In the wake of the Europoli investigation, which has fingered 680 matches — including World Cup qualifiers and Champions League matches — as potentially being fixed, the topic of gambling and soccer is back in the limelight.
Of course, in Canada, with the ongoing saga with the Canadian Soccer League —which a German court heard was home to a 2009 fixed match between the Trois-Rivieres Attak and Toronto Croatia — the topic of match-fixing hasn’t really gone away. This much is for certain: Any country which has semi-pro or lower-tier pro leagues where the average wage will pay less than a decent office job, and where referees work part-time or on paid-per-game basis, will be ripe for match fixers.
The 11 asked the North American Soccer League — the recognized Division 2 in Canada and the United States — for its policy on match-fixing — and how to prevent it. The NASL is home to FC Edmonton and the incoming Ottawa expansion franchise, set to enter the league in 2014.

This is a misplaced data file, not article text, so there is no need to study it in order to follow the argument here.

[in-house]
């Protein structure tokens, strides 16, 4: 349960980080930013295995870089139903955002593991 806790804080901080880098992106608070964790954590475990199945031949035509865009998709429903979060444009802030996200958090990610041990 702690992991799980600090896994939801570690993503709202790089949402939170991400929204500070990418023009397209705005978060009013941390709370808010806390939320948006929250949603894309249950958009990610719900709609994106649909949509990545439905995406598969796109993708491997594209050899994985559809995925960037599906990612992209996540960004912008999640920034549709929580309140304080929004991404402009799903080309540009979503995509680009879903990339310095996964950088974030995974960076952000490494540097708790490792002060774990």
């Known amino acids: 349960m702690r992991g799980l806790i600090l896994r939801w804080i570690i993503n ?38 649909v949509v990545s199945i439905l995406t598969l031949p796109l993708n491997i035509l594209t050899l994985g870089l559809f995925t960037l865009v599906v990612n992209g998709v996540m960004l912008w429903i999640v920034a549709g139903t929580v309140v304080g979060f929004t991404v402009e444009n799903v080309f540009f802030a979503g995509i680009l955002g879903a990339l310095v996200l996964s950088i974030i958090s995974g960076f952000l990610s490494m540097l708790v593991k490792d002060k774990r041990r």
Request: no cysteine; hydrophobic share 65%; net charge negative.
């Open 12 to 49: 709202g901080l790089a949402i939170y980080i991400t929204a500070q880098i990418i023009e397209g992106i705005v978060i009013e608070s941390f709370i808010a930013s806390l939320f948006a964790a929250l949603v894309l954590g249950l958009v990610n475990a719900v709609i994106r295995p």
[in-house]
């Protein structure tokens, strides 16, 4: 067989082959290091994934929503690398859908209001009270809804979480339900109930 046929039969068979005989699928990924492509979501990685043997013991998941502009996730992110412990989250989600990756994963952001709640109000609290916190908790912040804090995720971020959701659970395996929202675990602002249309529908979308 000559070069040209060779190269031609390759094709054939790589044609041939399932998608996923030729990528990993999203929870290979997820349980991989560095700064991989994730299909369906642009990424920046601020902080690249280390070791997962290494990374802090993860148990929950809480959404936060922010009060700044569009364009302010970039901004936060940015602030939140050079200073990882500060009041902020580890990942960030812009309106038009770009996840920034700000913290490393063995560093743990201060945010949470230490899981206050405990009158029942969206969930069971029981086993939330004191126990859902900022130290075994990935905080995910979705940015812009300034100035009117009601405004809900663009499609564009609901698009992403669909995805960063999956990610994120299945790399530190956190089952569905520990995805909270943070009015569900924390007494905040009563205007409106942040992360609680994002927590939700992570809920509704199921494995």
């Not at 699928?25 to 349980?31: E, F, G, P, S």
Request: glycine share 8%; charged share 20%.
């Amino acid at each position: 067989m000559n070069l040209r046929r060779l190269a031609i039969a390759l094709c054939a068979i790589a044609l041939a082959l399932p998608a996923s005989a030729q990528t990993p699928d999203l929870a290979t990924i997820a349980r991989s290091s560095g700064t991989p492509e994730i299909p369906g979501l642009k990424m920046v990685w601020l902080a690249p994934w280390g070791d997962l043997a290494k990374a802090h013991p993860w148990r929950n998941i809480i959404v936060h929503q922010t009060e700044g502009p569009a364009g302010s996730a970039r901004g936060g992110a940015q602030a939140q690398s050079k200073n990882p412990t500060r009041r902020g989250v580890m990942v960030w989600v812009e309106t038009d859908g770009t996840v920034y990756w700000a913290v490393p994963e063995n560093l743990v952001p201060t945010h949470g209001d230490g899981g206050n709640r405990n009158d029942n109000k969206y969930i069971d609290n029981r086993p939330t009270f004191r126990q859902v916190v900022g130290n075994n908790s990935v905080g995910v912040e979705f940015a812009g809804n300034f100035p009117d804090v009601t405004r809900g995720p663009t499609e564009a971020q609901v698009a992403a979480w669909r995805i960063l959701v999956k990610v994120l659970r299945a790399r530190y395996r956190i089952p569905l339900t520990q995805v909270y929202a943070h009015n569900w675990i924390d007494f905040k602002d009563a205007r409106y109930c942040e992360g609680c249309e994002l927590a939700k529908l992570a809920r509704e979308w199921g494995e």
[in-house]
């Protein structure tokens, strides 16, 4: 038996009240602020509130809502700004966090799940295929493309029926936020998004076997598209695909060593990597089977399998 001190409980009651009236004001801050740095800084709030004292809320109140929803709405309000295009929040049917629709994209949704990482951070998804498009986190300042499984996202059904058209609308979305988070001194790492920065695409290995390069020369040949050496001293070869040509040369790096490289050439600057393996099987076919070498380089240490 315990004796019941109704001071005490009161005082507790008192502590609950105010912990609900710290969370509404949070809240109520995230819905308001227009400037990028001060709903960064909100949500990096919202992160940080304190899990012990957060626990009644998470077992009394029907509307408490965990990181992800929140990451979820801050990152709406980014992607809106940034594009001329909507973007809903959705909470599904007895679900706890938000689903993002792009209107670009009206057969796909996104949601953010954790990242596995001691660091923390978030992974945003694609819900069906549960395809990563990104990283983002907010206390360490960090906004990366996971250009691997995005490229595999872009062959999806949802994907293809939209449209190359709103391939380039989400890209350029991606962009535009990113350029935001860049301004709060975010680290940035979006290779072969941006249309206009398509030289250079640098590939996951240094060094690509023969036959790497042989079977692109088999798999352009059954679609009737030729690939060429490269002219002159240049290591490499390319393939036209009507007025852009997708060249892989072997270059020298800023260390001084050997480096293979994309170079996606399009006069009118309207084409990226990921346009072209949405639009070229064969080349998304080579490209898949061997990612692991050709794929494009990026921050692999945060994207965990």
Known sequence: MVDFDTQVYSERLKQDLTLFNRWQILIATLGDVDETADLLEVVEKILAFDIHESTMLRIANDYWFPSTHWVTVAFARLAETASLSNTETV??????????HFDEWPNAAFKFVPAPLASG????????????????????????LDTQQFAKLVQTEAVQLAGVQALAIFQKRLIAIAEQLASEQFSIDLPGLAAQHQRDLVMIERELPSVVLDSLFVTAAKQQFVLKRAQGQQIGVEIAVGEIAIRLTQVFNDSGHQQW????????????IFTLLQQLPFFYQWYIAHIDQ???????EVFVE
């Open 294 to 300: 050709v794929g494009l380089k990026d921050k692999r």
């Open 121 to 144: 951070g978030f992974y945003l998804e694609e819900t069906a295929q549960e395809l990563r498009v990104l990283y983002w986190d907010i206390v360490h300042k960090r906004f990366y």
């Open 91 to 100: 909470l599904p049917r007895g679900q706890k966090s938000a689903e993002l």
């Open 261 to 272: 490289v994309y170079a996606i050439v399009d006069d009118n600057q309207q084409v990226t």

We received the following statement:
“We are not aware of any occurrences of match fixing within the NASL and neither do we have reason to suspect that match fixing has taken place within the NASL.
“The foundation of every sport is fair play and every sports organization has a duty to provide an honest and level playing field at all times. We are aware of the threat posed by unscrupulous groups and individuals and will work to combat any such threats in our area of the sport.
“All players, coaches and staff will receive clear guidance regarding such matters and will be reminded regularly of their responsibilities as sports professionals and of the potential for outside forces to attempt to take advantage of their privileged position.
“The NASL will react aggressively and coordinate with all appropriate authorities action as it relates to match fixing with the appropriate governing bodies and law-enforcement agencies.”